4. Home automation
With the increasing popularity of smart homes, domotics or home automation is a new topic of interest. Many IoT devices like alarm systems, entertainment systems, thermostat controls, lighting controls, etc. require a gateway to functioning.
These gateways are usually operated over a home server. Since home servers run all day, they are extremely important for home automation. With a little technical knowledge, you can configure your own home server for automating your home appliances.
5. Third-party platforms
While not so popular among casual users, some developers use a home server for developing third-party platforms. Windows has native support for this, as the Windows Home Server itself provides an SDK for collaboration across multiple PCs on a floor or home.
While it is not limited to just these mentioned above, these services are the most used cases of a home server. A home server can be configured for much more stuff, including web server for remote access, email hosting, web proxy, peer to peer transfer, etc.
Benefits Of A Home Server
You must be wondering by now, why invest in a home server when you can invest in cloud servers offering great benefits. Well, for that, let’s take a look at Google’s terms of service, which says the following:
“When you upload, submit, store, send or receive content to or through Google Drive, you give Google a worldwide license to use, host, store, reproduce, modify, create derivative works (such as those resulting from translations, adaptations or other changes we make so that your content works better with our services), communicate, publish, publicly perform, publicly display, and distribute such content.”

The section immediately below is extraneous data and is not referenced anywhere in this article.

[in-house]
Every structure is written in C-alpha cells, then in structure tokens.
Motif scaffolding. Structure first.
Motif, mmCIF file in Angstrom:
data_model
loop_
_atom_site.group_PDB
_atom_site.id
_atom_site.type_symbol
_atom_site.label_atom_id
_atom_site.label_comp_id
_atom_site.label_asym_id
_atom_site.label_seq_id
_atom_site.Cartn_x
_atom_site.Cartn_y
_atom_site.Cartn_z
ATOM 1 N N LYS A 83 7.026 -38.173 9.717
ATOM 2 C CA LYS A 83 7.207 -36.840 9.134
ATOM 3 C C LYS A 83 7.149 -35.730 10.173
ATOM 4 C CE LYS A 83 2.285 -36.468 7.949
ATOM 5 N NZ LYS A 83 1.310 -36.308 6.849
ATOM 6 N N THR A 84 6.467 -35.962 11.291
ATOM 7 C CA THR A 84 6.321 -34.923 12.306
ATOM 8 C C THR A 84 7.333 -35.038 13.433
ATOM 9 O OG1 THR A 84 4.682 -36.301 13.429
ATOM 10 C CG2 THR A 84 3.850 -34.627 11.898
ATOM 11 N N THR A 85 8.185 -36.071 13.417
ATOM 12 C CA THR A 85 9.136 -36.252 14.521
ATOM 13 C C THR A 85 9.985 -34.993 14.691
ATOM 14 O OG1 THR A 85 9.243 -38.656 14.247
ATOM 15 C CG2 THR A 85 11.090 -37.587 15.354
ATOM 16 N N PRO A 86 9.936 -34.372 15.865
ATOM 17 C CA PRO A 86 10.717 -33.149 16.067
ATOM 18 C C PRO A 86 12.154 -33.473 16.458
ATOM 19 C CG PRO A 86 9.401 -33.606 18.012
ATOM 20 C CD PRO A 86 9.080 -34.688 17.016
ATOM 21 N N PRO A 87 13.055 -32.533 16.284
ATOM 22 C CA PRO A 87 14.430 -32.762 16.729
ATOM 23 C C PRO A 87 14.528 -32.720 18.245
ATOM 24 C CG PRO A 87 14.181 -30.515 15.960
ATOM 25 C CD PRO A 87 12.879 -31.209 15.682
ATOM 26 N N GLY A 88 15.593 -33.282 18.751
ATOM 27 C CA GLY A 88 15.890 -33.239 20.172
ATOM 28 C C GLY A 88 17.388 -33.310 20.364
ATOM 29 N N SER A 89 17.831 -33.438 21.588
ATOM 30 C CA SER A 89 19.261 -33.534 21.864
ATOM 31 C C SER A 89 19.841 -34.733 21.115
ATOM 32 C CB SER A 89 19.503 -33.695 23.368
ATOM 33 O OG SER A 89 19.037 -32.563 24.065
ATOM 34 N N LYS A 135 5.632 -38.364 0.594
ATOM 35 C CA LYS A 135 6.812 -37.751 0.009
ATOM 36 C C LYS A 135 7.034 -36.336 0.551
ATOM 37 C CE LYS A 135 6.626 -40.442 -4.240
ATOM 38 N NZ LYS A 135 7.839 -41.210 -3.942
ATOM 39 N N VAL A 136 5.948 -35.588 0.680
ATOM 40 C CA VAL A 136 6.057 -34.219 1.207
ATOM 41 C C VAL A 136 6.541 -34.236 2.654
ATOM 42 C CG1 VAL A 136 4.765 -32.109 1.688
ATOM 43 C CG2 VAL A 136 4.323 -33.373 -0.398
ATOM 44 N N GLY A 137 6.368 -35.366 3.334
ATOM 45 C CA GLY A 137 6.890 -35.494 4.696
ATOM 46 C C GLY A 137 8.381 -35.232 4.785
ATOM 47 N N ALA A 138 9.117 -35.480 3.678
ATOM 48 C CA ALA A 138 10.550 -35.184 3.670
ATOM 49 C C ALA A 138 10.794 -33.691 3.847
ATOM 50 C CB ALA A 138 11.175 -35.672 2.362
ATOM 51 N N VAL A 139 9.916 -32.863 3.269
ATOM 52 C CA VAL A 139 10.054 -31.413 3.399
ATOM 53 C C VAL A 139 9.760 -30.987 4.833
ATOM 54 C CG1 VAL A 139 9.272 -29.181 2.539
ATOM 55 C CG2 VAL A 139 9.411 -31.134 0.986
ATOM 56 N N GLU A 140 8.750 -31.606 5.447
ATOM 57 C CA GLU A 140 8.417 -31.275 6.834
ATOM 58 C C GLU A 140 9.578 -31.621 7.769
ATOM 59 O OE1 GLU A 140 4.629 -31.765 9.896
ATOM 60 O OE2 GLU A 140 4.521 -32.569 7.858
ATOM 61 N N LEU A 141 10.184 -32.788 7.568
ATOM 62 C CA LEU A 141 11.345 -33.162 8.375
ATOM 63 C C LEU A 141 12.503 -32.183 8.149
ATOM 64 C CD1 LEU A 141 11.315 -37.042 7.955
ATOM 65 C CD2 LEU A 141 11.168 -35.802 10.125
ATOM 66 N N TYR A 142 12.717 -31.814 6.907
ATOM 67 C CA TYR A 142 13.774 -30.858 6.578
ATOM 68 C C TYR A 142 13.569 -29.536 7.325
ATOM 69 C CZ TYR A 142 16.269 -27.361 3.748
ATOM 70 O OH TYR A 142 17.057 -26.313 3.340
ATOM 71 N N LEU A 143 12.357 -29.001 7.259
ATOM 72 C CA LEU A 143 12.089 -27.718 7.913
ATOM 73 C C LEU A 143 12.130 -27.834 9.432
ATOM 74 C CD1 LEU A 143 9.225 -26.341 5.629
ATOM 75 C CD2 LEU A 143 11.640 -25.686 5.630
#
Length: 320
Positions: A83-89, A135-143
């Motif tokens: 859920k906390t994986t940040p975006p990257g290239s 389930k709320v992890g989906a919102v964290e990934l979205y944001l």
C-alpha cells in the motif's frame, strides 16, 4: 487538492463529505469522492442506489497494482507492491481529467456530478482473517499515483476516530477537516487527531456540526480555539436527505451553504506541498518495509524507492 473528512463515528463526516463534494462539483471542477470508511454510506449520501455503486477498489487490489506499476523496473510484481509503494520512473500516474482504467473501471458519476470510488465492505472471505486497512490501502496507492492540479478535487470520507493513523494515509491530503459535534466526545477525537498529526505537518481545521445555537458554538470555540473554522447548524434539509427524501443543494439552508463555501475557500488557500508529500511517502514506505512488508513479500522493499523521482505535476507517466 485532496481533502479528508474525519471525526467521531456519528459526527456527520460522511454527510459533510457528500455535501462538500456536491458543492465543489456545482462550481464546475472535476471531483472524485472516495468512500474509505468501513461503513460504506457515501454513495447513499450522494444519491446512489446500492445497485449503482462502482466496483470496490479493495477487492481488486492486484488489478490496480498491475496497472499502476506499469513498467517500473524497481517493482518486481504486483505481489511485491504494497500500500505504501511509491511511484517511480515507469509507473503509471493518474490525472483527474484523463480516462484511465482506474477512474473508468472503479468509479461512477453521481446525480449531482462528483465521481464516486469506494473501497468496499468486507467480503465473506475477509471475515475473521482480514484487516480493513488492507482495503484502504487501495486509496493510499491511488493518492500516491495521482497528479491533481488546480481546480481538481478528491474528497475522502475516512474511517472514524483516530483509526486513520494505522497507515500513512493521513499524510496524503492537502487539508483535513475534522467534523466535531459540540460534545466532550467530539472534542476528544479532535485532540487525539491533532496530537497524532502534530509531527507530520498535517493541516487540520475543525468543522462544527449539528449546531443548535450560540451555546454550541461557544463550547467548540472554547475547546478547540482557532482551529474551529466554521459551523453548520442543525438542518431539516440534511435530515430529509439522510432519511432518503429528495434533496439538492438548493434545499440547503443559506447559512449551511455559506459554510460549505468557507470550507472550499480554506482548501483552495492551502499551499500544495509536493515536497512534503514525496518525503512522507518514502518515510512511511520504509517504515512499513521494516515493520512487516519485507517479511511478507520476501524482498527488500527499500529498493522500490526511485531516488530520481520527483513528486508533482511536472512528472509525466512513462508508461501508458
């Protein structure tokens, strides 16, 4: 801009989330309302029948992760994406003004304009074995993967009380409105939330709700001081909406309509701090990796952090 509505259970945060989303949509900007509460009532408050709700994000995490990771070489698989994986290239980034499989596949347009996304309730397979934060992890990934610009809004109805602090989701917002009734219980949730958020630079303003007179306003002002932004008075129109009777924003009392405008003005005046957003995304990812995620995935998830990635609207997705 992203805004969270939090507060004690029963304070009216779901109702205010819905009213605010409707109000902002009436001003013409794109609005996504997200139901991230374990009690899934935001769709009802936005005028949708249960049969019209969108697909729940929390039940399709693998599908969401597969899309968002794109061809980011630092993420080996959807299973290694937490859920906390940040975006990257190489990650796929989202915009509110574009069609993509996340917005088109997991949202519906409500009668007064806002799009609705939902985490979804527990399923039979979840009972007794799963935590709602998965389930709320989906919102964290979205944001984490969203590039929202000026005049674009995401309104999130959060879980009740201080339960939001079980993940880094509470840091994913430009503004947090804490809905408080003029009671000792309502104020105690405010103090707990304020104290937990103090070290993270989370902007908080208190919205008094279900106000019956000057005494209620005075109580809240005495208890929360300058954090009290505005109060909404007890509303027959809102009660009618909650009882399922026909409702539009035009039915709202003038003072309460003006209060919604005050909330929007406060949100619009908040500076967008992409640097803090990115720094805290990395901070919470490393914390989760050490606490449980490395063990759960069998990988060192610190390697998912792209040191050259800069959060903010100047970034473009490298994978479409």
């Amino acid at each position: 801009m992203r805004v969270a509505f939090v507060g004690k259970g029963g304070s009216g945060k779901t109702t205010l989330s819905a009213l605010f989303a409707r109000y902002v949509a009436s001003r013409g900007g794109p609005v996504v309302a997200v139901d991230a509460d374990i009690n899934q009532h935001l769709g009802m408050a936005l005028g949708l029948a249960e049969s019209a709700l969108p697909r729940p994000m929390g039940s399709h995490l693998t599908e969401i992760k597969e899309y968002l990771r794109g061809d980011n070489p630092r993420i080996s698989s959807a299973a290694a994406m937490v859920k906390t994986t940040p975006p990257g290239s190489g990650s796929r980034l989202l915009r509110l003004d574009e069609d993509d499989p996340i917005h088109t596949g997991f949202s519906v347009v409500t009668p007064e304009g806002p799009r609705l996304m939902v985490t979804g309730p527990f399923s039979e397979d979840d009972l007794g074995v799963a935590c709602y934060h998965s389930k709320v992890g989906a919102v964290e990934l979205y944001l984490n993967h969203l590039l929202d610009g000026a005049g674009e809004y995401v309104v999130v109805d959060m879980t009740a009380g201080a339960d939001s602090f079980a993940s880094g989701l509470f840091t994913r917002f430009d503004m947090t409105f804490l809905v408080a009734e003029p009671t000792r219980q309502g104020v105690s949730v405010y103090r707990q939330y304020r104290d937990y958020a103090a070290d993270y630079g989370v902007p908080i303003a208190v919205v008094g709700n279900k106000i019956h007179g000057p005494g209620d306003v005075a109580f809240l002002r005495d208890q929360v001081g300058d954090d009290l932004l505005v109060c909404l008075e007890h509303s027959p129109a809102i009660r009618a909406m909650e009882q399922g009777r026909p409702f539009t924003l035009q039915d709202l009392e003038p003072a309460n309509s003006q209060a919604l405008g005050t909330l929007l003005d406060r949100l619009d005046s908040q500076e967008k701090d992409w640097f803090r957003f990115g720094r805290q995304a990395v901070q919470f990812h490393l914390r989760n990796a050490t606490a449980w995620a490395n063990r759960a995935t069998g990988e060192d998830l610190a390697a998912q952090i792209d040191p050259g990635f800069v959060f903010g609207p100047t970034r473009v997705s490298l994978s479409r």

What this means is that the cloud servers can utilize your data to their benefit, like sharing your search results and other data for targeted advertisements. This is common across multiple cloud storage services, so you are effectively sharing your data whether you like it or not.
When you create and use your server, you are the sole moderator of the data. Only you can control how the data is distributed and used, eliminating the worry about data leaks or privacy concerns.
One of the benefits of a home server is that it can be created using any old computer parts. Yes, if you have an old computer lying around, or old components that you are upgrading in your PC, you can use these old parts to create a home server for your personal use.
Home servers can run off of a Raspberry pi, showing the cost-effectiveness of this setup. Repurposing a computer that you already own is a great way of not only reducing the cost but the environmental impact as well.
How To Set Up A Home Server?
One of the downsides of a home server is that it can be pretty difficult to set up. You will require to search online the specific instructions that you require for creating a home server for a specific purpose. However, these instructions are fairly easy to find on GitHub and other communities, and fairly easy to follow.
If you follow closely, you can create a home server in almost no time.
So there you have it. This was a small introduction to home servers and the benefits of a local server compared to cloud storage. If you want to discuss further, comment below your queries and suggestions.